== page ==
The World's Greatest Poems, written by J. Patrick Lewis and illustrated by Keith Graves, is a book that highlights in verse and illustration some of the strangest world records, such as the talkingest bird, longest traffic jam, and stone skipping record. Before each poem, the record is briefly described. Here is an example.
The Tallest Roller CoasterThe poems in this book come in a variety of forms, including acrostic, limerick, sonnet and more. Accompanied by whimsical illustrations, Lewis' verse really shines.
Superman the Escape
Six Flags Magic Mountain
415-foot steel support structure
You're swerving north,
You're swerving south,
Your stomach sits
Inside your month.
You hold your breath,
You lose your nerve,
Your scared to death
At every curve.
You're feeling very
Sick, but then
You tell your Dad,
"Let's go again!"
The vast majority of the poems are based on records that include numbers. Before reading the poems, consider asking students to estimate the answers to questions like these:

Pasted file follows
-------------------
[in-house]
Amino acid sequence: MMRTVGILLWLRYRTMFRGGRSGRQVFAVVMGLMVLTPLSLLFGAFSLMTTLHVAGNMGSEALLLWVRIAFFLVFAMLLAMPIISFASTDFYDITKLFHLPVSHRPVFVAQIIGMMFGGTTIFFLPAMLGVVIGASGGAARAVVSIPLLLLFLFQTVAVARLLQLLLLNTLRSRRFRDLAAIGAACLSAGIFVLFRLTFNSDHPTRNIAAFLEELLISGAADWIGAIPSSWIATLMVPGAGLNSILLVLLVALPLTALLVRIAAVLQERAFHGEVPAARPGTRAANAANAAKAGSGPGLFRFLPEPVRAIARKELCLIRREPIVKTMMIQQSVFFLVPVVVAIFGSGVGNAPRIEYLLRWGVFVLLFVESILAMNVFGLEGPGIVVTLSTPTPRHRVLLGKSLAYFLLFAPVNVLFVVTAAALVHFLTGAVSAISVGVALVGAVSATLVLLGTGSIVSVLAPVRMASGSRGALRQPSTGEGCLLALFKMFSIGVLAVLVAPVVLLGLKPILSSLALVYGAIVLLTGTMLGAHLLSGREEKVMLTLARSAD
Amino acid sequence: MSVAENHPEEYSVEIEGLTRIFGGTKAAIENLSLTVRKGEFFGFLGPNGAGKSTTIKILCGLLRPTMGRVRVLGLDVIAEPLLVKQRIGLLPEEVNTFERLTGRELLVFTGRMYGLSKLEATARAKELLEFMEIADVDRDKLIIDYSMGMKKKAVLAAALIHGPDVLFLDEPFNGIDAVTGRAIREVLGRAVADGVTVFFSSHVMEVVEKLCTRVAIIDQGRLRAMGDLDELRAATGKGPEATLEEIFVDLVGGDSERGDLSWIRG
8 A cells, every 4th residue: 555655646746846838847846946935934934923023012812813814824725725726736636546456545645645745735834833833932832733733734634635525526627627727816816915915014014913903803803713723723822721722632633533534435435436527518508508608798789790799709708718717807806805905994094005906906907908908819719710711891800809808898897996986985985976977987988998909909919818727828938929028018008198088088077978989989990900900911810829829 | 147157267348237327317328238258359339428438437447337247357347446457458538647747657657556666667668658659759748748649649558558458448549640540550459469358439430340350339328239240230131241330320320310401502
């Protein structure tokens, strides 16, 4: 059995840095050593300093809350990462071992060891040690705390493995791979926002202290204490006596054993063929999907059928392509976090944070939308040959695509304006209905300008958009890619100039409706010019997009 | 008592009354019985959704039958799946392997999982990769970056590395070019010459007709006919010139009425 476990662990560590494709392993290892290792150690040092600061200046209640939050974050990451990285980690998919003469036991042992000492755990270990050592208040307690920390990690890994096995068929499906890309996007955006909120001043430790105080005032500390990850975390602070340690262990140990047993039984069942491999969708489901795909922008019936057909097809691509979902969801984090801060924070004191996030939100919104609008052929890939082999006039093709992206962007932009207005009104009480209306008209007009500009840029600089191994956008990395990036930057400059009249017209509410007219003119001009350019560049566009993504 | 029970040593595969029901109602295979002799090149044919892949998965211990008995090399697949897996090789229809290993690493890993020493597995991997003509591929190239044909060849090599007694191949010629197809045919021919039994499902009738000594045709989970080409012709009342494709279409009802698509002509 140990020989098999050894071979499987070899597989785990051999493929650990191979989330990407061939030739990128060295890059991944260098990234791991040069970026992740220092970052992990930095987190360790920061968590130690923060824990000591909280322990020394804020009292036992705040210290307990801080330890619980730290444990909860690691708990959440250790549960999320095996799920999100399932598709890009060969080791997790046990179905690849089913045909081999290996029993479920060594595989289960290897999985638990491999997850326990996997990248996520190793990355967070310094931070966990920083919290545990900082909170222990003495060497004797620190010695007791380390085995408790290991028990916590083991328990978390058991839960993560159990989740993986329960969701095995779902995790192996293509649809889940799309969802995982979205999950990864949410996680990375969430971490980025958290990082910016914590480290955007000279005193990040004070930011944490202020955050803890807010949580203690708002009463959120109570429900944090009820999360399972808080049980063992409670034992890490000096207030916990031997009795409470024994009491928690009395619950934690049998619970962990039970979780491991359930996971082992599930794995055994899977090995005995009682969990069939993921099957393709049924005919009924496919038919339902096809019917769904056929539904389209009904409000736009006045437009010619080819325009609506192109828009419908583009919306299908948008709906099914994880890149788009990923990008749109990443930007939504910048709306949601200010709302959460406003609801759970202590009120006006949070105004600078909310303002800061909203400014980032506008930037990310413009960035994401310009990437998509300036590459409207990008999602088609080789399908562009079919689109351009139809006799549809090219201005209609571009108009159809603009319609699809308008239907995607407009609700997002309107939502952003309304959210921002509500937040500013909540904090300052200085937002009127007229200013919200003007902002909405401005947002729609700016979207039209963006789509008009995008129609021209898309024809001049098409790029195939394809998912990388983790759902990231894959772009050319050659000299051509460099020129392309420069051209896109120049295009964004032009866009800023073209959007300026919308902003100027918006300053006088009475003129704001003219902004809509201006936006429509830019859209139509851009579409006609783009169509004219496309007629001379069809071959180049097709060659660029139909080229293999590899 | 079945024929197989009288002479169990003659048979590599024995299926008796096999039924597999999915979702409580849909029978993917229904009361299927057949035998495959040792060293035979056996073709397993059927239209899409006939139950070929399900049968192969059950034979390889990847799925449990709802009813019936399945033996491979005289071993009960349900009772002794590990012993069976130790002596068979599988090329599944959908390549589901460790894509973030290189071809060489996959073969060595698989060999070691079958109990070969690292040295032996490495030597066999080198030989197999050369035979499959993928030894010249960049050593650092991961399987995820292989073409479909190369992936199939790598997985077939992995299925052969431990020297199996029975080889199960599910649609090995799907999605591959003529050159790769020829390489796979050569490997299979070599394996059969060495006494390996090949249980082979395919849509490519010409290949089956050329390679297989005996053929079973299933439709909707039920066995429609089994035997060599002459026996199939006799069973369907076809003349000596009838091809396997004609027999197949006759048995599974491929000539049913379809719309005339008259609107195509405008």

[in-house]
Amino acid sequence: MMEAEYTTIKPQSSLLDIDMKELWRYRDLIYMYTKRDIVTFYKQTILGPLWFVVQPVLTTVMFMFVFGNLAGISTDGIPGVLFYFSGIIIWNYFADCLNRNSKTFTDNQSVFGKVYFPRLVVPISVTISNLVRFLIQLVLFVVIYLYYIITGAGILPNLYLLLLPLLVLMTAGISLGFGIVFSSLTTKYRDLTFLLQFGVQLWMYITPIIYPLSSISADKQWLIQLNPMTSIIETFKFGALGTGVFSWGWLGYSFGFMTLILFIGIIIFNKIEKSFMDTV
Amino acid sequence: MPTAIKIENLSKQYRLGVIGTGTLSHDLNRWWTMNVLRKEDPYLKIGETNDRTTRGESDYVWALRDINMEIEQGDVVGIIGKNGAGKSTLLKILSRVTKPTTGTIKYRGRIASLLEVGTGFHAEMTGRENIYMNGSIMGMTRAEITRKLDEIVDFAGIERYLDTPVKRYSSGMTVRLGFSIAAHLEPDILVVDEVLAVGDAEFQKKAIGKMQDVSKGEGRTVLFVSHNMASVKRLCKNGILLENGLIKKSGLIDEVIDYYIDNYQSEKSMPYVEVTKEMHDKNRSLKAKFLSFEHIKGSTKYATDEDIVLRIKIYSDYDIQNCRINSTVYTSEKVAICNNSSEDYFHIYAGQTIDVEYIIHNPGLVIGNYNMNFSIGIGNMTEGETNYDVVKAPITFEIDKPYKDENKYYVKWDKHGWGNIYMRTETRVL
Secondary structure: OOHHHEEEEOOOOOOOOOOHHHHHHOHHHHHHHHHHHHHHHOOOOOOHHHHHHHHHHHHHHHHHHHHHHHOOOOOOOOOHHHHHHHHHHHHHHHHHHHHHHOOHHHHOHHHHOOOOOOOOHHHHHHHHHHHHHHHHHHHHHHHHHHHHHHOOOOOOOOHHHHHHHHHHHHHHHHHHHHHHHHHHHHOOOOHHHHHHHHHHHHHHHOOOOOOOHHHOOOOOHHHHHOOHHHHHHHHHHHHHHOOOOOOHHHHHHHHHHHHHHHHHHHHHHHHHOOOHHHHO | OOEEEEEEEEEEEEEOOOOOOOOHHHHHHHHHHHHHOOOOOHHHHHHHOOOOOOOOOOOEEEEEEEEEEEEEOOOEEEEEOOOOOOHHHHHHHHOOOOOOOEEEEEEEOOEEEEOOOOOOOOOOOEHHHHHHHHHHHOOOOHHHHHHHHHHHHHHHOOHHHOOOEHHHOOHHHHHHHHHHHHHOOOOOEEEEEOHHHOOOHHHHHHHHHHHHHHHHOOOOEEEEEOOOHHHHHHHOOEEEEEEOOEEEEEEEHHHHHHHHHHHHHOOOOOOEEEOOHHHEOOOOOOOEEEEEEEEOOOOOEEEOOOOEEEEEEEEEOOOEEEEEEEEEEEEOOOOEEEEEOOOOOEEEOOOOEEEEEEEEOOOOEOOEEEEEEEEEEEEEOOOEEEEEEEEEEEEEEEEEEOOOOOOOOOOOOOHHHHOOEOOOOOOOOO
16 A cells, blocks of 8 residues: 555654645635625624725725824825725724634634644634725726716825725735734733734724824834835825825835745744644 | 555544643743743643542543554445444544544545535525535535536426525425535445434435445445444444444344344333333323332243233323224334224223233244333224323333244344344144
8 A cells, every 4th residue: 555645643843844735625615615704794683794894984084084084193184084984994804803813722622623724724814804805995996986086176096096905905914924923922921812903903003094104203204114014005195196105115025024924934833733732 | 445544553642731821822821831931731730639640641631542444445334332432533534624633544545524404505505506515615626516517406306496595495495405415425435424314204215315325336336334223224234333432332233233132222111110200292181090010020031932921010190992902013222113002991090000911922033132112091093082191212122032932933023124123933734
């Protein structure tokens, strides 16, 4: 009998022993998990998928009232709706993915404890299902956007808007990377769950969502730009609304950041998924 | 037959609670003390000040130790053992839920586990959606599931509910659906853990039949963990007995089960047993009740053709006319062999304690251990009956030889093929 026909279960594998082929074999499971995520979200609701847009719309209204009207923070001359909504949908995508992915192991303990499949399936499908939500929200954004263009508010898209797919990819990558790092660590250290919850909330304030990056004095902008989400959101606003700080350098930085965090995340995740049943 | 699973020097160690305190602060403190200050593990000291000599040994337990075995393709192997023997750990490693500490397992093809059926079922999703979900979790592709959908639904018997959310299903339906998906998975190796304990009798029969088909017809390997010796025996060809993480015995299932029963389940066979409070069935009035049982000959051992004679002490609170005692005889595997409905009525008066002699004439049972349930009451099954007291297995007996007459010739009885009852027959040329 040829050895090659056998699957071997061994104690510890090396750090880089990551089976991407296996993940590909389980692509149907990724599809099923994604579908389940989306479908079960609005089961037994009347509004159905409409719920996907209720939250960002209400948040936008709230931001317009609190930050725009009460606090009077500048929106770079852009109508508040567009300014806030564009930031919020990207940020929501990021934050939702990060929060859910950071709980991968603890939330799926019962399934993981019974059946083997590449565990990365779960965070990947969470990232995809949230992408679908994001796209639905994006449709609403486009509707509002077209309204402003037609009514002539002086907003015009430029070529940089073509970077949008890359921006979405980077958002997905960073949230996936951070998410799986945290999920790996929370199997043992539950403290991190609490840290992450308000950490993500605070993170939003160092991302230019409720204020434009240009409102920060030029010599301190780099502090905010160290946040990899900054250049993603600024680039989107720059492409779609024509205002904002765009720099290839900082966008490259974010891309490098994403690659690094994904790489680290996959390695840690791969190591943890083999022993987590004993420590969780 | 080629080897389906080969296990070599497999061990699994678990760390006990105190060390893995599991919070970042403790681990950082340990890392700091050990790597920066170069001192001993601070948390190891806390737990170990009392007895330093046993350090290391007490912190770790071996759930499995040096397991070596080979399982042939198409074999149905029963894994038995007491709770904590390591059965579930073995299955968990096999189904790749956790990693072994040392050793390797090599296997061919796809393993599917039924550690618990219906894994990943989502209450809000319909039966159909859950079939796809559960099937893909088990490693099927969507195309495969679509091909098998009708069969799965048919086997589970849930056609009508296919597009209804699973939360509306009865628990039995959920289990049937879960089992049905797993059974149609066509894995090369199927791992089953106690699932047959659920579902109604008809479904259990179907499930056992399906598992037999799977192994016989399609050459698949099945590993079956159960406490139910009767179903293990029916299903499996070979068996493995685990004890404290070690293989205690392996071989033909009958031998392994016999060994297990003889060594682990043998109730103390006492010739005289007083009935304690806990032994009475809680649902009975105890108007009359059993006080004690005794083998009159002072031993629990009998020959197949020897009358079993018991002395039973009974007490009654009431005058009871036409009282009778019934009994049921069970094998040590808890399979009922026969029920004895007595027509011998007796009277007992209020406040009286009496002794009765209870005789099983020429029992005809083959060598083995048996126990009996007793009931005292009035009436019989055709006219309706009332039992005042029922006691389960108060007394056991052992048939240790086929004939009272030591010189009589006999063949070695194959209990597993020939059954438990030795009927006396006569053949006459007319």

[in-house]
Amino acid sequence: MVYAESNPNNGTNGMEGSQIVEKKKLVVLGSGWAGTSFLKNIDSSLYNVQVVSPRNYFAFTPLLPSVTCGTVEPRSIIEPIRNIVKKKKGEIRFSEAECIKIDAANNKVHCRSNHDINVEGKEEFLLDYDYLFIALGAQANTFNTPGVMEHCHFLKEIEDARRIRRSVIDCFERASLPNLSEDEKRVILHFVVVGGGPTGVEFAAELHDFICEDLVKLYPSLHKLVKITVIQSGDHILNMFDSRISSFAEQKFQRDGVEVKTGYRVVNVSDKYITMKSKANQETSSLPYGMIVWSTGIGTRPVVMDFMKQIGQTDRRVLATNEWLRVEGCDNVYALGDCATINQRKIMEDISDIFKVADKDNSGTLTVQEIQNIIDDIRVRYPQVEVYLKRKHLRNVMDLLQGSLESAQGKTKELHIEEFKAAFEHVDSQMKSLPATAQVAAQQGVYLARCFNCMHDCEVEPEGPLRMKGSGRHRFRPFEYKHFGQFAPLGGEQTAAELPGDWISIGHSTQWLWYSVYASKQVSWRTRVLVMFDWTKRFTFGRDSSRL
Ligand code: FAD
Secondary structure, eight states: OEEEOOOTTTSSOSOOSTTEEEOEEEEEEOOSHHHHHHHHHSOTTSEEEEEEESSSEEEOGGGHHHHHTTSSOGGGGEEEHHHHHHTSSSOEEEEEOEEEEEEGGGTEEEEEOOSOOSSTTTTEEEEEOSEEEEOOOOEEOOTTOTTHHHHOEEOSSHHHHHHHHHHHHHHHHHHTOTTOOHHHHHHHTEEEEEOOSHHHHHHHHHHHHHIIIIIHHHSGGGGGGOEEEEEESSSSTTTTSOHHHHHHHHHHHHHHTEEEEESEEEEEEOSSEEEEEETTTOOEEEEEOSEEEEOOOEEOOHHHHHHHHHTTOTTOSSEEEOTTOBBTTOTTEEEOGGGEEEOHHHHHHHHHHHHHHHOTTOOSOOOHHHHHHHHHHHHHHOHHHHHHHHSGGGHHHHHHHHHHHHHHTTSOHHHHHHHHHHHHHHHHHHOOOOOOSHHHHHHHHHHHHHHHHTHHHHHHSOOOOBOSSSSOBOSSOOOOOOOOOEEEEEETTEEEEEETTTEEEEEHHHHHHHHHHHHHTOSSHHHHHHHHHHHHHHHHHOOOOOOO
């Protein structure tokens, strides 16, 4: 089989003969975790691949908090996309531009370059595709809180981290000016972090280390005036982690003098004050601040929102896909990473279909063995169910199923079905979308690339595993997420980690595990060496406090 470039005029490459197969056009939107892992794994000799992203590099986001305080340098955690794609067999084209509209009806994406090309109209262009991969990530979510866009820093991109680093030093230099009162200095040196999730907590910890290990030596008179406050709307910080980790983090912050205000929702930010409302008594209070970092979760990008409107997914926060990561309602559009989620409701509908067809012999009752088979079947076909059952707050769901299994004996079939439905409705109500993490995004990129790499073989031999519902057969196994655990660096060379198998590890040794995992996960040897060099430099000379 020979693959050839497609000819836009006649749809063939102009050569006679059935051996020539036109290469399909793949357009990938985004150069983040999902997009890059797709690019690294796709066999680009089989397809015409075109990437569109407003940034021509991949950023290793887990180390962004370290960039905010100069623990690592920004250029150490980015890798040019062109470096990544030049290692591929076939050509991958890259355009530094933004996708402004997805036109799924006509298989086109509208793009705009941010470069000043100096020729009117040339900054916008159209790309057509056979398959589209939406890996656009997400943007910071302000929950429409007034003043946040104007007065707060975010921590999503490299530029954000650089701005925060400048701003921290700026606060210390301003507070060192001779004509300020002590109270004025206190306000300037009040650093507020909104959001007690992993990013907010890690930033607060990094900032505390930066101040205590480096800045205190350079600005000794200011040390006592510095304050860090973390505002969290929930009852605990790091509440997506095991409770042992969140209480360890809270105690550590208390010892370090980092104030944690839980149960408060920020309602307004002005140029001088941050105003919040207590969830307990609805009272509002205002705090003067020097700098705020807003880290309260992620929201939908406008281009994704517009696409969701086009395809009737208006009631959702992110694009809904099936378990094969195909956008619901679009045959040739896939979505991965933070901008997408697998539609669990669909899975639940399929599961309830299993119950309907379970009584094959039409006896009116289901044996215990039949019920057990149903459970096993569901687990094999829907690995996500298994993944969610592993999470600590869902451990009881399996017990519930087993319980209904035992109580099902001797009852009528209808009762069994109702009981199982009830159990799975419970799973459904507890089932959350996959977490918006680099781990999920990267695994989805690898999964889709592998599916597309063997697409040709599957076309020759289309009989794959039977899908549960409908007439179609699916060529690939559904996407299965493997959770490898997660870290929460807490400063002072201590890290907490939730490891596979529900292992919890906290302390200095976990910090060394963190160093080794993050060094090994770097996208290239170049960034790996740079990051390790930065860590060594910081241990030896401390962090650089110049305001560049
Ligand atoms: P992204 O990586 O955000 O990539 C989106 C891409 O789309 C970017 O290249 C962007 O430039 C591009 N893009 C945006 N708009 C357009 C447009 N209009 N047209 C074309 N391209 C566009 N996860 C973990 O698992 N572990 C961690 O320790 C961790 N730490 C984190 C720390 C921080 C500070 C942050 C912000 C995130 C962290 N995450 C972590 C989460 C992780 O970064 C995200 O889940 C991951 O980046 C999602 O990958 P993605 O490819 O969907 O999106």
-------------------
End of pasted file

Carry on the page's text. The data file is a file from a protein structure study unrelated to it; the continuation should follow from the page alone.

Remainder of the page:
- How long was the longest traffic jam (in miles)?
- How many people did one man kiss in eight hours to set a world record?
- What is the longest time someone was stuck in an elevator?
- How tall was the tallest scarecrow?
- What was the weight of the biggest potato?
Kids love record-breaking numbers and comparisons of this sort. I recommend pairing this book of poetry with Steven Jenkins' book Hottest, Coldest, Highest, Deepest, in which he identifies and describes places such as the hottest, coldest, wettest, driest, and windiest places on Earth, as well as the longest river, highest waterfall, deepest lake, highest mountain and more. Once you've read this book and shared some of these records of the natural world, look again at Lewis' poems and encourage students to write some of their own "World's Greatest" poems.